Schisms and Sects

The organization and concerns of the Church in Rome were largely determined by the disintegration of the western half of the Roman Empire in the 5th century, and the so-called Dark Age that subsequently engulfed Europe. The eastern Roman Empire, based in Constantinople, survived for another thousand years. The relative stability provided by the central governing authority, the Emperor, created radically different conditions for the development of Eastern Christianity, and eventually the Eastern Orthodox and Western Roman Catholic Churches separated in what has been called the "Great Schism."

Prior to the Great Schism, however, Christianity experienced the impact of two other schisms, both of which affected churches in the Eastern Roman Empire. Doctrinal disagreements, coupled with the spread of Islam in the 7th century, conspired to split the ancient patriarchates of Antioch, Alexandria, and Jerusalem from Constantinople.

The Eastern Orthodox Church also refers to itself as The Church of the Seven Councils. In Eastern Orthodox belief, the fundamentals of the Christian faith are defined in two sources: the Christian scriptures and the decrees of the ecumenical councils. In the eyes of Eastern Orthodoxy, there have only been seven such councils, all of them held in the eastern part of the Roman Empire before the close of the 8th century. Because these councils drew representative bishops from all Christian churches, east and west, they are called Ecumenical Councils, and are therefore recognized as authoritative by both Roman Catholics and Orthodox.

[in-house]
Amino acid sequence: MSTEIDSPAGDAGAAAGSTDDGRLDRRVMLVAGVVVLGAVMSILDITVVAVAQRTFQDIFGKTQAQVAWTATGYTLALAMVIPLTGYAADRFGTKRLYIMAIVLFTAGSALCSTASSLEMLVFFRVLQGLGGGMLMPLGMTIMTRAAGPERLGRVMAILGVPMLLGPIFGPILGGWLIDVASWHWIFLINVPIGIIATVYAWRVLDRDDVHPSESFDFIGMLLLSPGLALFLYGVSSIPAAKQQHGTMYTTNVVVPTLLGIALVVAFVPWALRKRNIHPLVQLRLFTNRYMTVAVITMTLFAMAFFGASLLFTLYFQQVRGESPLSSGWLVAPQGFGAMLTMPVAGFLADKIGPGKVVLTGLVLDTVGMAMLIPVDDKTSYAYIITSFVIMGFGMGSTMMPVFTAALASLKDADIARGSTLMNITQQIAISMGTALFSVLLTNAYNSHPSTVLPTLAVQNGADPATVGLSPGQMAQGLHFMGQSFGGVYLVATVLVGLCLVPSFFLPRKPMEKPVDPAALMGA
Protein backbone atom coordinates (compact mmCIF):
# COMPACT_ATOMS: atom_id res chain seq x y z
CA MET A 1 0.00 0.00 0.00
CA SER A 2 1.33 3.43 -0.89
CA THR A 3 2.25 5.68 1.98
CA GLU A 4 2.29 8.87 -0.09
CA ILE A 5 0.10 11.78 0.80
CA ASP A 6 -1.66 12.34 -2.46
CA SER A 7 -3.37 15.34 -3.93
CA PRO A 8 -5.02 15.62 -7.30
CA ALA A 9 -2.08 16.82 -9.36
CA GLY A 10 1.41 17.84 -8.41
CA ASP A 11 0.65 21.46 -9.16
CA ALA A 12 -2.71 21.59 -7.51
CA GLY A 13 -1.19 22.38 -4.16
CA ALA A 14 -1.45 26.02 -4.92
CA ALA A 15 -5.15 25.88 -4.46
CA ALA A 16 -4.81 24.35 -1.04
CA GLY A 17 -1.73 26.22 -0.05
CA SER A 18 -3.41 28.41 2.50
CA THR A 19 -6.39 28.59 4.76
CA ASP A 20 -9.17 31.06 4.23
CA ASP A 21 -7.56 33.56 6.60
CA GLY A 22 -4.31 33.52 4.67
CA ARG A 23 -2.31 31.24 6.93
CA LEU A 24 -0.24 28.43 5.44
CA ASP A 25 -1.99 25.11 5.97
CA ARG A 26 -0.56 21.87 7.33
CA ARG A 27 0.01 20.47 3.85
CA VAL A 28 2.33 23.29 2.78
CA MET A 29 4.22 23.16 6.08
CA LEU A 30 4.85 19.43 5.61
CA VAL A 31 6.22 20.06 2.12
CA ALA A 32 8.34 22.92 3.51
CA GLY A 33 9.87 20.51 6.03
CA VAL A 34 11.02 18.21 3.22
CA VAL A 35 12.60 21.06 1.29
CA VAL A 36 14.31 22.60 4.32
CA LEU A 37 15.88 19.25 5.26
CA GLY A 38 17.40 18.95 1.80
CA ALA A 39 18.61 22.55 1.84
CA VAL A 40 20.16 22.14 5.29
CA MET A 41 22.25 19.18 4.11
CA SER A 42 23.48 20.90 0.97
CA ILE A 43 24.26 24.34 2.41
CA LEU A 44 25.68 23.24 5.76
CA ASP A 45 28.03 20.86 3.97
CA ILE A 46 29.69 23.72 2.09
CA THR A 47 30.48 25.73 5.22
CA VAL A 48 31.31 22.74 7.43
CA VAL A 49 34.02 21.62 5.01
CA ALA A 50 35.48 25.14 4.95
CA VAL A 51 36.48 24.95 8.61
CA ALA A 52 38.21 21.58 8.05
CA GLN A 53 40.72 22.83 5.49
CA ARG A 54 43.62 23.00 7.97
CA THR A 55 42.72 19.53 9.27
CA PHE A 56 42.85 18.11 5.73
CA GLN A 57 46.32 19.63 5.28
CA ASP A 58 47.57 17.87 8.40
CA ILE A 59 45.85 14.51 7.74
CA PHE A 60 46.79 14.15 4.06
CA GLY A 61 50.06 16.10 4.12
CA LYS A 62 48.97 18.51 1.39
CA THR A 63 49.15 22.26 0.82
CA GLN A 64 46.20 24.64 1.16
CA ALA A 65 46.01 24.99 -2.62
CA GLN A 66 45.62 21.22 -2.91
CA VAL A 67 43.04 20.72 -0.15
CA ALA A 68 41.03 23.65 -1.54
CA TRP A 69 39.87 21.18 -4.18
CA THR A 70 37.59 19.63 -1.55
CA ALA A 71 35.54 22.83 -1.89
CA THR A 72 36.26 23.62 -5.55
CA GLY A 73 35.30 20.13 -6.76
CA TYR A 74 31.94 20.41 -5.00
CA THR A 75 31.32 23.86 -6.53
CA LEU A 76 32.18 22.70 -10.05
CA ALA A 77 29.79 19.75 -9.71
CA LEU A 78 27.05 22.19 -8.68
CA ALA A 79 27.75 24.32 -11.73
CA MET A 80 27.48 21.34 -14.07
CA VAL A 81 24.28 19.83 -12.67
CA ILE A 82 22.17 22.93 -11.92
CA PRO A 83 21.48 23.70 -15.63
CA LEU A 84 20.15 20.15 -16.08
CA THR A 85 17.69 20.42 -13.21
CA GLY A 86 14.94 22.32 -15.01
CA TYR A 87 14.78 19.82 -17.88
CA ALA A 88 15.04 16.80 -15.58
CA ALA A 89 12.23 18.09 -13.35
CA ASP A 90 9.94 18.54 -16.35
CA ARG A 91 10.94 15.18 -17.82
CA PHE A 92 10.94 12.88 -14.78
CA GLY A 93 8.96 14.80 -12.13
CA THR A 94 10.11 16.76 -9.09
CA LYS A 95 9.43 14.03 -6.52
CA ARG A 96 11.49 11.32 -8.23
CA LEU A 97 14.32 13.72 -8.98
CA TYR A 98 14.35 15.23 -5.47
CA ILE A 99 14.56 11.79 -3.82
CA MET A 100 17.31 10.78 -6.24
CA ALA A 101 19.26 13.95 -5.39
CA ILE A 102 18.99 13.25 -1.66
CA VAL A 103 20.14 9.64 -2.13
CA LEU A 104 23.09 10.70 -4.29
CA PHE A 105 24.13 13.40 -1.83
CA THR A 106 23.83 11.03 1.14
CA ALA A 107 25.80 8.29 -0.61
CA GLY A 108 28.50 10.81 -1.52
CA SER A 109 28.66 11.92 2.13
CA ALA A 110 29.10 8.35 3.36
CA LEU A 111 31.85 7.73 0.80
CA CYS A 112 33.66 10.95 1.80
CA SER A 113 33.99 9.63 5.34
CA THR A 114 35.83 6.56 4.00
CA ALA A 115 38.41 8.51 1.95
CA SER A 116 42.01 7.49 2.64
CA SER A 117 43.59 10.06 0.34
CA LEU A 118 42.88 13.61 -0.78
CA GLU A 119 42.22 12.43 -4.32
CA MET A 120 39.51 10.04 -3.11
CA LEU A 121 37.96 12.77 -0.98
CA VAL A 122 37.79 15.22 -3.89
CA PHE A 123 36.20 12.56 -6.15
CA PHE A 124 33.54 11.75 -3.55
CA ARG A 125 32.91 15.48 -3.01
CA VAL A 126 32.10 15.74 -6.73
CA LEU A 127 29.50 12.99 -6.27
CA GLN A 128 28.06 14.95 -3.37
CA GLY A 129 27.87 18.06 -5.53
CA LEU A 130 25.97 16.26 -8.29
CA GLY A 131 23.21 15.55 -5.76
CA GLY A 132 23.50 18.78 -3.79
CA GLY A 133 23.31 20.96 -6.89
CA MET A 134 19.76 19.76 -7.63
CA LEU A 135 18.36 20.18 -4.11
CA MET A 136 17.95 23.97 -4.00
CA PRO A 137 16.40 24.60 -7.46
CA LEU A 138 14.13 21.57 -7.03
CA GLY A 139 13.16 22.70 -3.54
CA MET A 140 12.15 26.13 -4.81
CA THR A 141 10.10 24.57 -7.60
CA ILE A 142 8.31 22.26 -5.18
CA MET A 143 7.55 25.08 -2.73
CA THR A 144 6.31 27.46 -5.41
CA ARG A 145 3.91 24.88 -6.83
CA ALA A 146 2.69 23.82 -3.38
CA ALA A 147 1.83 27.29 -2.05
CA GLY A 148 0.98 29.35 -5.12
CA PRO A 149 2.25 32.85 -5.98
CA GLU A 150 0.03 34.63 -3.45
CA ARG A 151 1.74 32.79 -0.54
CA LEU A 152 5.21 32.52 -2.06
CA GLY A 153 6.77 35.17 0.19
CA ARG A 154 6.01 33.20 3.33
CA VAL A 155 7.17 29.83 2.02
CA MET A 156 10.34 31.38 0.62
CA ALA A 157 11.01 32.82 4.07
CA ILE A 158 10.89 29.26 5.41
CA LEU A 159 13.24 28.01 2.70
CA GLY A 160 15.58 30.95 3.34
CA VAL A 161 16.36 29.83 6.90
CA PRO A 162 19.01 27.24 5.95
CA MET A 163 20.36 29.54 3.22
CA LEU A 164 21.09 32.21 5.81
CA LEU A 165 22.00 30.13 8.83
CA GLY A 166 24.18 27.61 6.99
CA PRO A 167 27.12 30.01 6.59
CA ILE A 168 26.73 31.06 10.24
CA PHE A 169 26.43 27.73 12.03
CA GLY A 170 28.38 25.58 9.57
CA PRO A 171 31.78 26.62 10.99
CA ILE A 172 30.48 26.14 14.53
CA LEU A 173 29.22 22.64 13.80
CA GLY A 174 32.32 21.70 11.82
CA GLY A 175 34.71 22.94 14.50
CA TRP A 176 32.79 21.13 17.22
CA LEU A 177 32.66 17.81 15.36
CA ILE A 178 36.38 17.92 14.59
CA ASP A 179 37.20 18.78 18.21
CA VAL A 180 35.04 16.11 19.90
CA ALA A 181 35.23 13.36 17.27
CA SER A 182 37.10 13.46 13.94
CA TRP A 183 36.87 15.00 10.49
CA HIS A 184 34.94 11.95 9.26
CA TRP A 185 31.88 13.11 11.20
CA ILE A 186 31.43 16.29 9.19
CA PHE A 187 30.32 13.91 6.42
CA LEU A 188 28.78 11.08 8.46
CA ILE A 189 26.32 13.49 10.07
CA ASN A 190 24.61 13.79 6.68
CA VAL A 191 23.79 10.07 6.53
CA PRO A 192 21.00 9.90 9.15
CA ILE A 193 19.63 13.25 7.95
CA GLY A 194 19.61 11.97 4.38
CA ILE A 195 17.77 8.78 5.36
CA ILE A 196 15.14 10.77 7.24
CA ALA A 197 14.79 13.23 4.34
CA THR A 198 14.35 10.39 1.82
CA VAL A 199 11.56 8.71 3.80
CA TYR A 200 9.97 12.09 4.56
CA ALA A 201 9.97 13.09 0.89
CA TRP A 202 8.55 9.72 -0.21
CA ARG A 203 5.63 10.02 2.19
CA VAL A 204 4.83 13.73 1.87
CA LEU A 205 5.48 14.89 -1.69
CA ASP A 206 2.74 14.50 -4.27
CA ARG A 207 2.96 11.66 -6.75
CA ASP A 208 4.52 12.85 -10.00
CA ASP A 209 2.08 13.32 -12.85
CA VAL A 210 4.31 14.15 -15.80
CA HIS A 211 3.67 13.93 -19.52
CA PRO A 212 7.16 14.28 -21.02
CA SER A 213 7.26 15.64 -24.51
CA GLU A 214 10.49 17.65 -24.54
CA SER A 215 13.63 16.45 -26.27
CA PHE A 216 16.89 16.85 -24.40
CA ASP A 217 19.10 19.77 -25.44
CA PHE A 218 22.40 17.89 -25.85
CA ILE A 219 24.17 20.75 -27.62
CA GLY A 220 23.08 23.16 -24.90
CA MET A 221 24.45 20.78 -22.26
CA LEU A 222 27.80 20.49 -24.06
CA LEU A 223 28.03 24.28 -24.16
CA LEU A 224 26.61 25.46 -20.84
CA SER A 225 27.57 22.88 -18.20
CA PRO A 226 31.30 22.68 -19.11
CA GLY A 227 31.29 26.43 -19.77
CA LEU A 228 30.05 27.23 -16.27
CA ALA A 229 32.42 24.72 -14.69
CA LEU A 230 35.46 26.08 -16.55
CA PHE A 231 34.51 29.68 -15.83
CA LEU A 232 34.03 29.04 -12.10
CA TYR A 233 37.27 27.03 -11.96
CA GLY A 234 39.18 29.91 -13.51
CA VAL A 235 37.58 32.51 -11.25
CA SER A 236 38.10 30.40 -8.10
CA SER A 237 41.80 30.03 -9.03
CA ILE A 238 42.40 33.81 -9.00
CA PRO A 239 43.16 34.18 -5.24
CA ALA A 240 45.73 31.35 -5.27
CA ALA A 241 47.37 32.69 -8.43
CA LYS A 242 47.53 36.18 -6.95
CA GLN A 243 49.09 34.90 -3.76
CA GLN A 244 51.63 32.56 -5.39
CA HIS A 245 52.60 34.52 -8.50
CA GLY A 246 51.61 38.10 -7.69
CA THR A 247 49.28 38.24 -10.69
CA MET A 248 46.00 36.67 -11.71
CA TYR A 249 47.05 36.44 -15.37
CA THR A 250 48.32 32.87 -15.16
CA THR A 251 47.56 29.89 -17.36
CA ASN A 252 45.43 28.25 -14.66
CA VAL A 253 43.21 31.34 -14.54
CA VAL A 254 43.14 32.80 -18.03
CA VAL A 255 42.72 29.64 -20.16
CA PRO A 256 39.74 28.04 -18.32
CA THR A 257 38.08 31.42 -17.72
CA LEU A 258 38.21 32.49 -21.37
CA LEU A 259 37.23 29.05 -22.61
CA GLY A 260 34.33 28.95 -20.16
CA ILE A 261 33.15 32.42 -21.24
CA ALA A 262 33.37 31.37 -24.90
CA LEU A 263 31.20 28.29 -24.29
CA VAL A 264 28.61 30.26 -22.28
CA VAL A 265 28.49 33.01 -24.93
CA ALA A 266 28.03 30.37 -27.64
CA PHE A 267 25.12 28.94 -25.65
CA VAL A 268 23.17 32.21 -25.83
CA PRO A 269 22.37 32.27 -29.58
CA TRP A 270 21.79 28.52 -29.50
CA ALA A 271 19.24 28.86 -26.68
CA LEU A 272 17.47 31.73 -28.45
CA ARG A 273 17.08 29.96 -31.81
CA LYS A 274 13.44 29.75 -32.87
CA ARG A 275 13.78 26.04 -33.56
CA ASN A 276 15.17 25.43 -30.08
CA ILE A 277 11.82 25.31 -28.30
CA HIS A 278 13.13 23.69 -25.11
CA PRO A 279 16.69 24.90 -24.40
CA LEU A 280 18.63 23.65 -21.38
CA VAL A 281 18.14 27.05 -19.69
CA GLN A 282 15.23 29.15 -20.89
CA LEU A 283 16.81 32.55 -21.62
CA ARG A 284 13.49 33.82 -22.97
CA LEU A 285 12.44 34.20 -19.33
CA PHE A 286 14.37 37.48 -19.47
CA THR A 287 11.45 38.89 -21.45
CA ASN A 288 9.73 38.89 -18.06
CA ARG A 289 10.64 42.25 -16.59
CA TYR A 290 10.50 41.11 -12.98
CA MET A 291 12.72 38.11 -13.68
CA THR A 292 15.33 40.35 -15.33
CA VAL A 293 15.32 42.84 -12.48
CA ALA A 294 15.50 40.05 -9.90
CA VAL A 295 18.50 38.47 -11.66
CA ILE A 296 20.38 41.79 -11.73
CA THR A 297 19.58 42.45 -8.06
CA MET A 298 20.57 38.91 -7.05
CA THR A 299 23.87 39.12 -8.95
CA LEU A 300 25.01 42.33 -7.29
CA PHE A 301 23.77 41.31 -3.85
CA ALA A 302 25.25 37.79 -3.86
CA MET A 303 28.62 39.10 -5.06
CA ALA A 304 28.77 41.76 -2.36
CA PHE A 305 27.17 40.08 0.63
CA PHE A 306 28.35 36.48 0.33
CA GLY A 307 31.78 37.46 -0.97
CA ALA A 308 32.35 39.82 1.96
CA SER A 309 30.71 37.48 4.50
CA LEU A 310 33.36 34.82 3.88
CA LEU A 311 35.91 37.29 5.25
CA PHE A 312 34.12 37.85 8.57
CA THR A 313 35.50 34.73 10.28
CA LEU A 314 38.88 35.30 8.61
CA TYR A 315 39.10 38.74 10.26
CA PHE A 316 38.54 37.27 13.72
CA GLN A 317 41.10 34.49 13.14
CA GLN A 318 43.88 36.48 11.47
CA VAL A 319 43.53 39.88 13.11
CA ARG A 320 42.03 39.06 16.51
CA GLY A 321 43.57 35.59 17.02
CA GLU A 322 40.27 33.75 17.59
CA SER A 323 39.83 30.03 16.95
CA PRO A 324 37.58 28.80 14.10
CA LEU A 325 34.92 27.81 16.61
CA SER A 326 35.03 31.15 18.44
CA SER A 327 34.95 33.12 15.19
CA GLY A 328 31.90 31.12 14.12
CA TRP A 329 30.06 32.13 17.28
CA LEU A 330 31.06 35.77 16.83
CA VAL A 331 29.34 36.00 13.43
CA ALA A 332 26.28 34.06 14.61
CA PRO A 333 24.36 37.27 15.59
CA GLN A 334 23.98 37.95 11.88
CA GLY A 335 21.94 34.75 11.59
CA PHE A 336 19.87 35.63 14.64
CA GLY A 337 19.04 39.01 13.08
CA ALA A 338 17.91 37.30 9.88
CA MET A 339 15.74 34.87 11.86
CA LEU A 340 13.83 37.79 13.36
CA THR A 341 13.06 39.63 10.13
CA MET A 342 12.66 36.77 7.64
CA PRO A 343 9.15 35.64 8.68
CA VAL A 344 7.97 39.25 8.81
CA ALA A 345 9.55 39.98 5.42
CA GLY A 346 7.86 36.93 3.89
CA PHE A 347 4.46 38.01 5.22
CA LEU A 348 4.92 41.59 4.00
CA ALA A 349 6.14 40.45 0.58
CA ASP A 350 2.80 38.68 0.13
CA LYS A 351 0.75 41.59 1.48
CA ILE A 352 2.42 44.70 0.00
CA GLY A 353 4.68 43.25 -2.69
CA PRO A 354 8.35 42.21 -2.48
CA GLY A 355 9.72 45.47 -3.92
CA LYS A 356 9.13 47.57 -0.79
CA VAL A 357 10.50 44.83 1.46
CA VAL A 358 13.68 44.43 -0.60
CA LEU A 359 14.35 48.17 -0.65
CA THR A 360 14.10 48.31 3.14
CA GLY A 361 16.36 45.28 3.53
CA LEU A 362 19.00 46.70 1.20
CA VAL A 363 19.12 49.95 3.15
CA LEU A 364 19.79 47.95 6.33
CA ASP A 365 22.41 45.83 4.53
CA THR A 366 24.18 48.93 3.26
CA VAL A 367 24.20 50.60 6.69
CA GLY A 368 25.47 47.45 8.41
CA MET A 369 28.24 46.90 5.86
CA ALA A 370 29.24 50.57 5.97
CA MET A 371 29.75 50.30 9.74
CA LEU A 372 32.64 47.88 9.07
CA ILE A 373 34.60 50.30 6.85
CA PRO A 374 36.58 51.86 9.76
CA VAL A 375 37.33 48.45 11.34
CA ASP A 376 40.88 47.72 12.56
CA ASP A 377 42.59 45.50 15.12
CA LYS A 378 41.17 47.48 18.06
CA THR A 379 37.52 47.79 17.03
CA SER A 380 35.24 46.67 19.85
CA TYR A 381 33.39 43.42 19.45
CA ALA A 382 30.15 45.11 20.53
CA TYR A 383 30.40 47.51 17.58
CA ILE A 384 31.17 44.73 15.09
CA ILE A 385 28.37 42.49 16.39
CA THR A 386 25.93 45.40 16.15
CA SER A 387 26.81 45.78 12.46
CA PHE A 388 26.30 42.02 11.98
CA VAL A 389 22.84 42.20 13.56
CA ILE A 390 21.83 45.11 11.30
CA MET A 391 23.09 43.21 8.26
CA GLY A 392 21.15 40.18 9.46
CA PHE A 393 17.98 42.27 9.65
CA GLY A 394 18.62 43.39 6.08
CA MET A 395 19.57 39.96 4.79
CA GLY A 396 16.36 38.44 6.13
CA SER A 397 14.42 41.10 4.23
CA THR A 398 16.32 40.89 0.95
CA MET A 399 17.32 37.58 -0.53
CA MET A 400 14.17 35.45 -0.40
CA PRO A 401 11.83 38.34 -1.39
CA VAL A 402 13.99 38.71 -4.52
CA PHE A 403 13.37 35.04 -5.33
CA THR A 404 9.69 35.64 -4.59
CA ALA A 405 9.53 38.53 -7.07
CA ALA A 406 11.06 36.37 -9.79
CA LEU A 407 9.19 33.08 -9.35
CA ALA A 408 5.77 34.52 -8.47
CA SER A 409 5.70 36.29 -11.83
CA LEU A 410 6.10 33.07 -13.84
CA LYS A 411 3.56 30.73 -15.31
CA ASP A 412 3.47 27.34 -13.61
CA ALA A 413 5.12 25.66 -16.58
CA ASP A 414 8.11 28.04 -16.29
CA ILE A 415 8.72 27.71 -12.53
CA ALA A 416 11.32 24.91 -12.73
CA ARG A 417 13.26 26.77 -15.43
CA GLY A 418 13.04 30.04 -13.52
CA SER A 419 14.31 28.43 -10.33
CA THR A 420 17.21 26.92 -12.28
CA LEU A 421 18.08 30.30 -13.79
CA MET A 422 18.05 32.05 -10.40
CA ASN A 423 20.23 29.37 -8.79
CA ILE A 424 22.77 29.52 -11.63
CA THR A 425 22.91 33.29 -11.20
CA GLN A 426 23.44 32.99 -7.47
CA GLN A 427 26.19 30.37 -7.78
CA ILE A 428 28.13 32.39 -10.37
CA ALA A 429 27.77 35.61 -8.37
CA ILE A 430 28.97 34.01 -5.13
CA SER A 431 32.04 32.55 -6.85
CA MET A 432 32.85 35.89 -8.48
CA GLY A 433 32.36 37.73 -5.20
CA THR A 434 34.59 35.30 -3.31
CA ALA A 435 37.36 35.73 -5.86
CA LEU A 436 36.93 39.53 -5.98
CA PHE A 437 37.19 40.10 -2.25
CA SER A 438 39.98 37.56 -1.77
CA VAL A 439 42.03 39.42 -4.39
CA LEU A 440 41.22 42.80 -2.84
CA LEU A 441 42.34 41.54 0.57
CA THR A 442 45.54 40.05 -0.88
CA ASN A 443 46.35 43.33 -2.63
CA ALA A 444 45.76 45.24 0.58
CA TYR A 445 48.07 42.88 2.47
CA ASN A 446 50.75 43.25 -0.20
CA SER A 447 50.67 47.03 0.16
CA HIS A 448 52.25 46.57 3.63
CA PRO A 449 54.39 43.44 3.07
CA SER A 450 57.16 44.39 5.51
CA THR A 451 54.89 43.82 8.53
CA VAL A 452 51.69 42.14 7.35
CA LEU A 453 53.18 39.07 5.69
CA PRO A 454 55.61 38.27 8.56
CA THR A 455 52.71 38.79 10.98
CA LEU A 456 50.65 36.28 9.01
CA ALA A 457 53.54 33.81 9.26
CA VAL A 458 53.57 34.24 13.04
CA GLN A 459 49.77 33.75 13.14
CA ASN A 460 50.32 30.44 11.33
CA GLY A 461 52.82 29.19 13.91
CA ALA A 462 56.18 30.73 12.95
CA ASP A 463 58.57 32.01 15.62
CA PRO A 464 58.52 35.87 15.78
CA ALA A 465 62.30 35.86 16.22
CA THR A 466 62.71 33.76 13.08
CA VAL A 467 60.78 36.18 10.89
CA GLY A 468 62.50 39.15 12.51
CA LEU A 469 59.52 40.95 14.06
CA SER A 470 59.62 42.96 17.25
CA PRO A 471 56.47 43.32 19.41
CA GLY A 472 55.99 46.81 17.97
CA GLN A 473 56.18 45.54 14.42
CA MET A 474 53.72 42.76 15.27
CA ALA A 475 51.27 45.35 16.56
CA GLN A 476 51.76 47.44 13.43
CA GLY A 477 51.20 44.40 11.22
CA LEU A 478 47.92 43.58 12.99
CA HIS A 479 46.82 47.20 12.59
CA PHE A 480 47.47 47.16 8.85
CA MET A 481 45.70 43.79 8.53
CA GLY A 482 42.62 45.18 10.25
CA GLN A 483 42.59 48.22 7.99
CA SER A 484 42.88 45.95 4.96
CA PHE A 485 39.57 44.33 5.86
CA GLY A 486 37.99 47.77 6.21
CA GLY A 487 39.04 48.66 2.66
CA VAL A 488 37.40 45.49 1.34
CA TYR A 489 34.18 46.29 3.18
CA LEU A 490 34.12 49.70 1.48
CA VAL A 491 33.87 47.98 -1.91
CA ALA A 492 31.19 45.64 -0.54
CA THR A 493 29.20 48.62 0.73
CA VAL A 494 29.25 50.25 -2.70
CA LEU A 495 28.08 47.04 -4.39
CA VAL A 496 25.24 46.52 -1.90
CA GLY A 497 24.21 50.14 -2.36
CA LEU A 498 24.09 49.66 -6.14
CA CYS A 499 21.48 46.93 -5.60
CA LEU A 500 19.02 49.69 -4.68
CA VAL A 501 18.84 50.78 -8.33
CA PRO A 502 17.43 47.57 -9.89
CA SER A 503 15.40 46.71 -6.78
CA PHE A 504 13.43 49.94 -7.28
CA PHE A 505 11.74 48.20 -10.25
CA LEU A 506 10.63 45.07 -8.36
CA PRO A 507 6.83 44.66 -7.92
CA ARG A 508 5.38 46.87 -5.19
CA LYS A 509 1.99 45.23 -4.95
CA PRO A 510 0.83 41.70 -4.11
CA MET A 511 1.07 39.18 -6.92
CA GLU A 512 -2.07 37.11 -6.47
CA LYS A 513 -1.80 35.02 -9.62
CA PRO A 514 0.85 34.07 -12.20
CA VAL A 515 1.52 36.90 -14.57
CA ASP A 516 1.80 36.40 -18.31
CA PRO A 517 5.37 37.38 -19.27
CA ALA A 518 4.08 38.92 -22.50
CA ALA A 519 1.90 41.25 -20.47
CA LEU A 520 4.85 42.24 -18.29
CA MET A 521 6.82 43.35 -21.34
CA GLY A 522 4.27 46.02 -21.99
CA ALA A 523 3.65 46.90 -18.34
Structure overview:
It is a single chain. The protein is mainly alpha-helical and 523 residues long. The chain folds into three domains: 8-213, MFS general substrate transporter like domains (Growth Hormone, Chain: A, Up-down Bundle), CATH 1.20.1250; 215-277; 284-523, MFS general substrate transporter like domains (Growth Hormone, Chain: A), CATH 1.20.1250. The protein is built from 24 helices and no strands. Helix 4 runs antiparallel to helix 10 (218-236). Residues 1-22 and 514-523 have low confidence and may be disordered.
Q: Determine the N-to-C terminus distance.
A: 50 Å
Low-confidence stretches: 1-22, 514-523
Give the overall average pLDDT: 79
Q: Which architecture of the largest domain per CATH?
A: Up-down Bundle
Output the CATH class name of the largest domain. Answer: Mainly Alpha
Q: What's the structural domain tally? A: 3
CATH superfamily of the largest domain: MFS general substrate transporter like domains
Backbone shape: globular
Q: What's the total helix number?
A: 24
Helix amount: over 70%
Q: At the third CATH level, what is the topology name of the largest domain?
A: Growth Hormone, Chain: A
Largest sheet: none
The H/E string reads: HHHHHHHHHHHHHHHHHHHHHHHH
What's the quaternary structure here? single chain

The first of these ecumenical councils was the Council of Nicaea, summoned by Emperor Constantine in 325. This council agreed on a creed stating the fundamentals of Christian faith, called the Nicene Creed. Among other things, this Creed defined the doctrine of the Trinity. It states that Christians believe in one God who is at the same time three: Father, Son, and Holy Spirit. The Son, Jesus, is equal to the Father, as the Creed says, "true God from true God . . . one in essence [homoousios] with the Father." The second council, convened in Constantinople in 381, makes the same affirmation about the Holy Spirit, who is "together worshiped and together glorified" with the Father and the Son. Together these two councils affirmed the full divinity of all members of the Trinity.

The next four councils convened to debate the doctrine of the Incarnation, or the nature of Jesus Christ. Through their decrees, these councils defined Christ as simultaneously God and human, single and undivided. The first of these, the Council of Ephesus, convened in 431. The participating bishops decreed that Mary, the mother of Jesus, should be accorded the status of Theotokos, or Mother of God. The second, meeting again in Constantinople, convened in 553, and affirmed that in the crucifixion, Christ suffered in the flesh. The third, the Council of Chalcedon, convened in 451. The decrees of the Council of Chalcedon made a significant contribution to the Christian doctrine of the Incarnation, stating that Christ is both completely divine and entirely human. He was not half God and half human, but totally God and totally human, existing "in two natures," one divine and the other human, and both complete. The fourth, meeting for a third time in Constantinople in 680, added that Christ has two energies and two wills, human and divine.